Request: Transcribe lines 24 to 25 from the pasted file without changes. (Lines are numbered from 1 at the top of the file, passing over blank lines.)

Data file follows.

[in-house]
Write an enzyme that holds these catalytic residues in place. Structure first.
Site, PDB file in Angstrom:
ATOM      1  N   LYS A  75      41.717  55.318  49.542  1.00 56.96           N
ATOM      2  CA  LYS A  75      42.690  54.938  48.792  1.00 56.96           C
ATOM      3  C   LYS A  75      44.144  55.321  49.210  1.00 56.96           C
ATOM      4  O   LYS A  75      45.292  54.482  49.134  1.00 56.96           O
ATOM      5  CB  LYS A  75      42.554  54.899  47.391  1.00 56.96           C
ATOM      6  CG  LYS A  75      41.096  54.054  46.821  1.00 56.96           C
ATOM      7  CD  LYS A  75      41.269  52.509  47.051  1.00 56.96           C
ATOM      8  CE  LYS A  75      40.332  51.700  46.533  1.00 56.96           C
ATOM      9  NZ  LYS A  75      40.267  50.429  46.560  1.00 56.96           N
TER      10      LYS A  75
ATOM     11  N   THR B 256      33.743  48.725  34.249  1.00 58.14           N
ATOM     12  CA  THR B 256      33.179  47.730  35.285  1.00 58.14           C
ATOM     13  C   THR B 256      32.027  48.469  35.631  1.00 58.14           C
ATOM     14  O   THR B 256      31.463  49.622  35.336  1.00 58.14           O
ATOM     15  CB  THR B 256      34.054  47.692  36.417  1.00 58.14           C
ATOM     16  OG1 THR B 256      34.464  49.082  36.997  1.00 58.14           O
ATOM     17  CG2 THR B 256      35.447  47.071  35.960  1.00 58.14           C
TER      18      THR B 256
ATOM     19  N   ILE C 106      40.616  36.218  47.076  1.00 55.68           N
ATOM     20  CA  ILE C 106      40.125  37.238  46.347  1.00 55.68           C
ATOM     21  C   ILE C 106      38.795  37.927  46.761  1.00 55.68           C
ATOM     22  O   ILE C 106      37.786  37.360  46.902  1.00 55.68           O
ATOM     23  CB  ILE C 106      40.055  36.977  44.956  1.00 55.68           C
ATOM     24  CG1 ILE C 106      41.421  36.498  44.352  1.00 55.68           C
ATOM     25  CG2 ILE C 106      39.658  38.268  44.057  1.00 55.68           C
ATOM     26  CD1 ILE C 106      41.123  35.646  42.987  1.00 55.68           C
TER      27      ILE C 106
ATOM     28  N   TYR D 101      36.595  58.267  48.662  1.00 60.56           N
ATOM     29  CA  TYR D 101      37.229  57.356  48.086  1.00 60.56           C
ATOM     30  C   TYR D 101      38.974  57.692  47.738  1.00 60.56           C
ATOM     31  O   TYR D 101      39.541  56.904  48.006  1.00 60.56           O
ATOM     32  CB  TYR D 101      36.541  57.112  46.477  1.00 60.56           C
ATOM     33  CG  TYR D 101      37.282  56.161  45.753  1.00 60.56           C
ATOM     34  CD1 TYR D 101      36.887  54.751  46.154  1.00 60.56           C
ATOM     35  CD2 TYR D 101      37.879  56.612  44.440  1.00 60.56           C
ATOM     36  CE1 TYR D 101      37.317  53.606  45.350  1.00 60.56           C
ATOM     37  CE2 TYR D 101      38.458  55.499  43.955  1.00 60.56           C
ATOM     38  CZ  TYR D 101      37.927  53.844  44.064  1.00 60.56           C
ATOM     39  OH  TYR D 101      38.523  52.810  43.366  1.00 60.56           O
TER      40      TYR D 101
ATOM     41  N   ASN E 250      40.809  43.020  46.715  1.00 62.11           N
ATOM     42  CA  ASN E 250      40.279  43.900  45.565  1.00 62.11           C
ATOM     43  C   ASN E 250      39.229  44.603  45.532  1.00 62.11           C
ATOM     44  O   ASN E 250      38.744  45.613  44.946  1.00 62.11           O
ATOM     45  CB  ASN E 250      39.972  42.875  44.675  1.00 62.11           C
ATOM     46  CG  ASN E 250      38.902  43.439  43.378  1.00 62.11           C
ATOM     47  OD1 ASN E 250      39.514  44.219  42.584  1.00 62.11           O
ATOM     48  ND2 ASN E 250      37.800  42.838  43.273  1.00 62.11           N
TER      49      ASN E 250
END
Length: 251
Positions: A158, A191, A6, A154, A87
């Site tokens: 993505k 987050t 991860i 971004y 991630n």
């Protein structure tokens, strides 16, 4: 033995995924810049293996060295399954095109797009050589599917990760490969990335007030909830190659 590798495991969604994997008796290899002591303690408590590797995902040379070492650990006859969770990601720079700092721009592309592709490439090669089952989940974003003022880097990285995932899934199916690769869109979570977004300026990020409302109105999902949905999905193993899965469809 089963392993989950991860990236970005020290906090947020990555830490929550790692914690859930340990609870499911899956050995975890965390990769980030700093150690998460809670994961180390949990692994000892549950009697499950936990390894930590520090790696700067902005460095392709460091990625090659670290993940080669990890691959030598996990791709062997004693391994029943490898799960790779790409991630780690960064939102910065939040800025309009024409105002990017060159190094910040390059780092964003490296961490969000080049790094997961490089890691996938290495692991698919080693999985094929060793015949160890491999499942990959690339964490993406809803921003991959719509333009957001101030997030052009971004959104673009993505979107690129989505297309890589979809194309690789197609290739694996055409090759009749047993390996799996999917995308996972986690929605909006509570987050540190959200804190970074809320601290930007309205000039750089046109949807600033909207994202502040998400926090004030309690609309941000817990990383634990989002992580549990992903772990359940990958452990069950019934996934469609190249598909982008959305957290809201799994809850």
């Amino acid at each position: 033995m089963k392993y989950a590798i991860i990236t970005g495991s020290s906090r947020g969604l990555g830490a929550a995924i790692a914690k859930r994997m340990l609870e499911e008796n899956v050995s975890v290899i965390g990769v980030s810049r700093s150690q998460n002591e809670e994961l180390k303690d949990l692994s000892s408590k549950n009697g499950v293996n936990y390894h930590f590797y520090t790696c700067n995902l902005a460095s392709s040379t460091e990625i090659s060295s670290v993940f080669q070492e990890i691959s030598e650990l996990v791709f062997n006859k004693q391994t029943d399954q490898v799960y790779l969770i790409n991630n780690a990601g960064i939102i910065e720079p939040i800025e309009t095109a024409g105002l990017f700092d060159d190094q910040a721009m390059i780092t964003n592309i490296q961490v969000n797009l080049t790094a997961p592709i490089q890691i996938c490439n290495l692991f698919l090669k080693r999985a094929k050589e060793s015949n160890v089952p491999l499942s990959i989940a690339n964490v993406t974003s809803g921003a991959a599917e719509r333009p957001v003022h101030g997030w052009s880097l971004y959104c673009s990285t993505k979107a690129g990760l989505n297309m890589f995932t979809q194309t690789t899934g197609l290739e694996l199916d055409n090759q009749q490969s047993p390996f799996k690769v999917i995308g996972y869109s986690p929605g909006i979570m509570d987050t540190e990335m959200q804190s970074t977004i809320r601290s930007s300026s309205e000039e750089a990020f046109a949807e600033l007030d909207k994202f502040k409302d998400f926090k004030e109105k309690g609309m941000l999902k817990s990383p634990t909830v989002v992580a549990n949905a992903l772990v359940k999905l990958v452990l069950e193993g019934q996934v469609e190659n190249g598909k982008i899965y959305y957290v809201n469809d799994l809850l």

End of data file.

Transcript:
ATOM     21  C   ILE C 106      38.795  37.927  46.761  1.00 55.68           C
ATOM     22  O   ILE C 106      37.786  37.360  46.902  1.00 55.68           O